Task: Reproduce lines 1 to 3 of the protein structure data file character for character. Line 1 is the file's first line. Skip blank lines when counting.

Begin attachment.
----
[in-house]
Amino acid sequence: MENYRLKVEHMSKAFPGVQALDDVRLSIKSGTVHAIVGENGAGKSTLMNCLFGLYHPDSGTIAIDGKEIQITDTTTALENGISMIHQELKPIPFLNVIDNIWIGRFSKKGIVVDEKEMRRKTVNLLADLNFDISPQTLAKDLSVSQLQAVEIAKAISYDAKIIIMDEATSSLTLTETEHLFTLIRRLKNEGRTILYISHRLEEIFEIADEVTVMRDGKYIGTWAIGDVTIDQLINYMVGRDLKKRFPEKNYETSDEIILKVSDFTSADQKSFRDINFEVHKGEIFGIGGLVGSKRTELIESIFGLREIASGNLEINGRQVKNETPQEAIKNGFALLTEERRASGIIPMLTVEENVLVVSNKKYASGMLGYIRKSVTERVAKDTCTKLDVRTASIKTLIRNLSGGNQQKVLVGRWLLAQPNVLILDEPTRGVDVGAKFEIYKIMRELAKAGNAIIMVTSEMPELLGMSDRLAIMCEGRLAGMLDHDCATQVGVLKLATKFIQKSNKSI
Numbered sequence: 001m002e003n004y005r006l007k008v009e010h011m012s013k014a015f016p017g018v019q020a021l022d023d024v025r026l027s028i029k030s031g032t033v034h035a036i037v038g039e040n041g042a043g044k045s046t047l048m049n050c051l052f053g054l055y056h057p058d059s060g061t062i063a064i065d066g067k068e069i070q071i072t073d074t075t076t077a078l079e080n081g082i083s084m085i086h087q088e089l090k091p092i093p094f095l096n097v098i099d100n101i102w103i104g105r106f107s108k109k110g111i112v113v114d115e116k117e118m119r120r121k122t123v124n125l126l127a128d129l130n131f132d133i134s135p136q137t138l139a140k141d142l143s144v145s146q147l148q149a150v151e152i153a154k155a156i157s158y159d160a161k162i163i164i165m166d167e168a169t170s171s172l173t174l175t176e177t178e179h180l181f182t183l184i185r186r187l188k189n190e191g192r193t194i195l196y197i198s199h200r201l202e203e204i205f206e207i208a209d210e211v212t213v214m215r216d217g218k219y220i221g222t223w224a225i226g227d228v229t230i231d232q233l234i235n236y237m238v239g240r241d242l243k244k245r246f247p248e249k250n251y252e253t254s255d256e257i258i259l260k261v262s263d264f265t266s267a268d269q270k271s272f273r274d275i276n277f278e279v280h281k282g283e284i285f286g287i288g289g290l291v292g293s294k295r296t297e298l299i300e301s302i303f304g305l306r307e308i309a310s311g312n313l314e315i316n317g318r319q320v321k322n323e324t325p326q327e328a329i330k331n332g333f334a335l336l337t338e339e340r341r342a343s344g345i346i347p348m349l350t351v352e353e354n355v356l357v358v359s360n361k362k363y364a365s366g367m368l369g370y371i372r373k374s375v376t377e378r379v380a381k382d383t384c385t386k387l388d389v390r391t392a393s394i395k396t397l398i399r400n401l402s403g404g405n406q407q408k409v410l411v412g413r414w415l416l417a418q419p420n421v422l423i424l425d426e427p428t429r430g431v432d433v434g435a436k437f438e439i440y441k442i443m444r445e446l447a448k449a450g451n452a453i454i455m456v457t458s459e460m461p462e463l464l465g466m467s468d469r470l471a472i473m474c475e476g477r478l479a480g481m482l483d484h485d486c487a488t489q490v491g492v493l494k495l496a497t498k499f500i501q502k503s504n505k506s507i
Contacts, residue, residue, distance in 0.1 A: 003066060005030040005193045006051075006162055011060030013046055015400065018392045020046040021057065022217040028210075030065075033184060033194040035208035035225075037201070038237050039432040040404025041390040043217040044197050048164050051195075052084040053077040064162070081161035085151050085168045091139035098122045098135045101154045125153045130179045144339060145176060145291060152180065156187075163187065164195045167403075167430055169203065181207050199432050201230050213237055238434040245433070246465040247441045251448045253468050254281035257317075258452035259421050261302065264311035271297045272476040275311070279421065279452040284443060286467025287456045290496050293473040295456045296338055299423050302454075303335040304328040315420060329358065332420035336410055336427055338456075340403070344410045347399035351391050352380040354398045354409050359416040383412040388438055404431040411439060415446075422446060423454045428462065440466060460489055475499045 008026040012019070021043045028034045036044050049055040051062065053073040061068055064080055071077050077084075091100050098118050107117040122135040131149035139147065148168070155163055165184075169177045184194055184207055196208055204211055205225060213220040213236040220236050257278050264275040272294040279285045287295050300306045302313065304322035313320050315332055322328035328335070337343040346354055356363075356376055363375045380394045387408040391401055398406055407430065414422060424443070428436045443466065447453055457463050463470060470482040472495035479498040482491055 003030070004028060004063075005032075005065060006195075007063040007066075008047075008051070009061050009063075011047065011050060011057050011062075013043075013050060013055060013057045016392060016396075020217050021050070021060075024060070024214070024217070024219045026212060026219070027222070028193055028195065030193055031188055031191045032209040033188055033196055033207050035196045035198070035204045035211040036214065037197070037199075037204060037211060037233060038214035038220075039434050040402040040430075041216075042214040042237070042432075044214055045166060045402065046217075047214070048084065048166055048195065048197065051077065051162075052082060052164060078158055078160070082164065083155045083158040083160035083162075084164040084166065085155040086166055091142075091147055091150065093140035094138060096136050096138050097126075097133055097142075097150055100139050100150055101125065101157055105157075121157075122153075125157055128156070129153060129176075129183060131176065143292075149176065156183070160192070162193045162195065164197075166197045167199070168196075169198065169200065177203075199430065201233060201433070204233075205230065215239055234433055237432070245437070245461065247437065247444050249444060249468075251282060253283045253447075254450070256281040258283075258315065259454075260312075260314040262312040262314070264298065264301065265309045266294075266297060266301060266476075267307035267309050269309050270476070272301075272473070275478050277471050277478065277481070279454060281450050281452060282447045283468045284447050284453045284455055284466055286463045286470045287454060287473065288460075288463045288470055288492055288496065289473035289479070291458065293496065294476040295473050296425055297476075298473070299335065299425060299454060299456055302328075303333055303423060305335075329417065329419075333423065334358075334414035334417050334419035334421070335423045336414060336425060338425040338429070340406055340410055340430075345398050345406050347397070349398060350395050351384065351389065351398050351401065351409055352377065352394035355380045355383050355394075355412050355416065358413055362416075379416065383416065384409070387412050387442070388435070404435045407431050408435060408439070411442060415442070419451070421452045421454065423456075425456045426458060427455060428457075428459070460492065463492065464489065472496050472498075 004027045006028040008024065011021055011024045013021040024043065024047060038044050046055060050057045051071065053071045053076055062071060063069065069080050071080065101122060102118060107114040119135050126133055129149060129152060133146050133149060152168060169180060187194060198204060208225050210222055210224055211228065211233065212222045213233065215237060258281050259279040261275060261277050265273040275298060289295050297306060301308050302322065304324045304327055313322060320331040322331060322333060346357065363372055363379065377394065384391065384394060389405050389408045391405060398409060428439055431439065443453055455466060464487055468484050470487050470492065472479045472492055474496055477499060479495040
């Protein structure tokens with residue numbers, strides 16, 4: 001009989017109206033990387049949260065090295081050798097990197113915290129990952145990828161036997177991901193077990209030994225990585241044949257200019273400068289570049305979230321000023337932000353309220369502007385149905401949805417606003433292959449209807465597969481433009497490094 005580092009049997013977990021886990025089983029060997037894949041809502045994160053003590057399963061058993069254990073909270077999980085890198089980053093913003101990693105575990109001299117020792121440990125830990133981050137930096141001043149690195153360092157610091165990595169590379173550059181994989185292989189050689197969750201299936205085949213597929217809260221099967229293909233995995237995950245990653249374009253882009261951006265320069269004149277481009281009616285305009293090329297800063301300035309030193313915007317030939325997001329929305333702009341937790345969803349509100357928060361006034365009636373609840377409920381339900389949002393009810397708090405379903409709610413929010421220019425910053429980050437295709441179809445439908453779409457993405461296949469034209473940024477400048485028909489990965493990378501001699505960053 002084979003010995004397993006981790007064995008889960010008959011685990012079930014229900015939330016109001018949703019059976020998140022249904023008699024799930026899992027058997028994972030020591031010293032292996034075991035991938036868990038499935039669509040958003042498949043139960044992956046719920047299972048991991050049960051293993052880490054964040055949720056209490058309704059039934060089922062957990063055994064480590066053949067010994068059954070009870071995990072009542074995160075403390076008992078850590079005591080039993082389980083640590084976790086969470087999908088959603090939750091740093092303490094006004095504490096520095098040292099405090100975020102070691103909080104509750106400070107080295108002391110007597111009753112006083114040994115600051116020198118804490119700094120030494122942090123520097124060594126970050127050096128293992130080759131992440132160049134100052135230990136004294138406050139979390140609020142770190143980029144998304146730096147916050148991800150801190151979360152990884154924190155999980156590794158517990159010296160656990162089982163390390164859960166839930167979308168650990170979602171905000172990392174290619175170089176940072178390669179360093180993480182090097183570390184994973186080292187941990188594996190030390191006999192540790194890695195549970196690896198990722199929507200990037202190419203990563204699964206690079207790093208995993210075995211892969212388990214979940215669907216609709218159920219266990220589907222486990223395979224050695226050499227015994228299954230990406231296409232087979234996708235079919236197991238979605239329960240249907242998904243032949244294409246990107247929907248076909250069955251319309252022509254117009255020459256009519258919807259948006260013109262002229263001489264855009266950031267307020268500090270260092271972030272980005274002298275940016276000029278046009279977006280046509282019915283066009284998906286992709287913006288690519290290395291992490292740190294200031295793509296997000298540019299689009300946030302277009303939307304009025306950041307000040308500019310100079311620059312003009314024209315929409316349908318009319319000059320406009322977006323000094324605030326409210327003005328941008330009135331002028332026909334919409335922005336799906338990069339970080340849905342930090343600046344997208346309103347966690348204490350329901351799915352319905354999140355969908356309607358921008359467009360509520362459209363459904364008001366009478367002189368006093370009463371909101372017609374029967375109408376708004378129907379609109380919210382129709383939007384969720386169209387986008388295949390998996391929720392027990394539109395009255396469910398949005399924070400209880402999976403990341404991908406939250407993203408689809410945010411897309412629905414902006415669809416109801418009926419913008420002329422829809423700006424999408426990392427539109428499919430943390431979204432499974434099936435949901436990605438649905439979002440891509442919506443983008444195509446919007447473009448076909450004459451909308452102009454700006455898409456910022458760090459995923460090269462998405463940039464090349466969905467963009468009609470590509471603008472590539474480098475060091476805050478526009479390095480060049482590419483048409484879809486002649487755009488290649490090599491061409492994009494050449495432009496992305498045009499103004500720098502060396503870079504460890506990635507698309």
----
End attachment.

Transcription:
[in-house]
Amino acid sequence: MENYRLKVEHMSKAFPGVQALDDVRLSIKSGTVHAIVGENGAGKSTLMNCLFGLYHPDSGTIAIDGKEIQITDTTTALENGISMIHQELKPIPFLNVIDNIWIGRFSKKGIVVDEKEMRRKTVNLLADLNFDISPQTLAKDLSVSQLQAVEIAKAISYDAKIIIMDEATSSLTLTETEHLFTLIRRLKNEGRTILYISHRLEEIFEIADEVTVMRDGKYIGTWAIGDVTIDQLINYMVGRDLKKRFPEKNYETSDEIILKVSDFTSADQKSFRDINFEVHKGEIFGIGGLVGSKRTELIESIFGLREIASGNLEINGRQVKNETPQEAIKNGFALLTEERRASGIIPMLTVEENVLVVSNKKYASGMLGYIRKSVTERVAKDTCTKLDVRTASIKTLIRNLSGGNQQKVLVGRWLLAQPNVLILDEPTRGVDVGAKFEIYKIMRELAKAGNAIIMVTSEMPELLGMSDRLAIMCEGRLAGMLDHDCATQVGVLKLATKFIQKSNKSI
Numbered sequence: 001m002e003n004y005r006l007k008v009e010h011m012s013k014a015f016p017g018v019q020a021l022d023d024v025r026l027s028i029k030s031g032t033v034h035a036i037v038g039e040n041g042a043g044k045s046t047l048m049n050c051l052f053g054l055y056h057p058d059s060g061t062i063a064i065d066g067k068e069i070q071i072t073d074t075t076t077a078l079e080n081g082i083s084m085i086h087q088e089l090k091p092i093p094f095l096n097v098i099d100n101i102w103i104g105r106f107s108k109k110g111i112v113v114d115e116k117e118m119r120r121k122t123v124n125l126l127a128d129l130n131f132d133i134s135p136q137t138l139a140k141d142l143s144v145s146q147l148q149a150v151e152i153a154k155a156i157s158y159d160a161k162i163i164i165m166d167e168a169t170s171s172l173t174l175t176e177t178e179h180l181f182t183l184i185r186r187l188k189n190e191g192r193t194i195l196y197i198s199h200r201l202e203e204i205f206e207i208a209d210e211v212t213v214m215r216d217g218k219y220i221g222t223w224a225i226g227d228v229t230i231d232q233l234i235n236y237m238v239g240r241d242l243k244k245r246f247p248e249k250n251y252e253t254s255d256e257i258i259l260k261v262s263d264f265t266s267a268d269q270k271s272f273r274d275i276n277f278e279v280h281k282g283e284i285f286g287i288g289g290l291v292g293s294k295r296t297e298l299i300e301s302i303f304g305l306r307e308i309a310s311g312n313l314e315i316n317g318r319q320v321k322n323e324t325p326q327e328a329i330k331n332g333f334a335l336l337t338e339e340r341r342a343s344g345i346i347p348m349l350t351v352e353e354n355v356l357v358v359s360n361k362k363y364a365s366g367m368l369g370y371i372r373k374s375v376t377e378r379v380a381k382d383t384c385t386k387l388d389v390r391t392a393s394i395k396t397l398i399r400n401l402s403g404g405n406q407q408k409v410l411v412g413r414w415l416l417a418q419p420n421v422l423i424l425d426e427p428t429r430g431v432d433v434g435a436k437f438e439i440y441k442i443m444r445e446l447a448k449a450g451n452a453i454i455m456v457t458s459e460m461p462e463l464l465g466m467s468d469r470l471a472i473m474c475e476g477r478l479a480g481m482l483d484h485d486c487a488t489q490v491g492v493l494k495l496a497t498k499f500i501q502k503s504n505k506s507i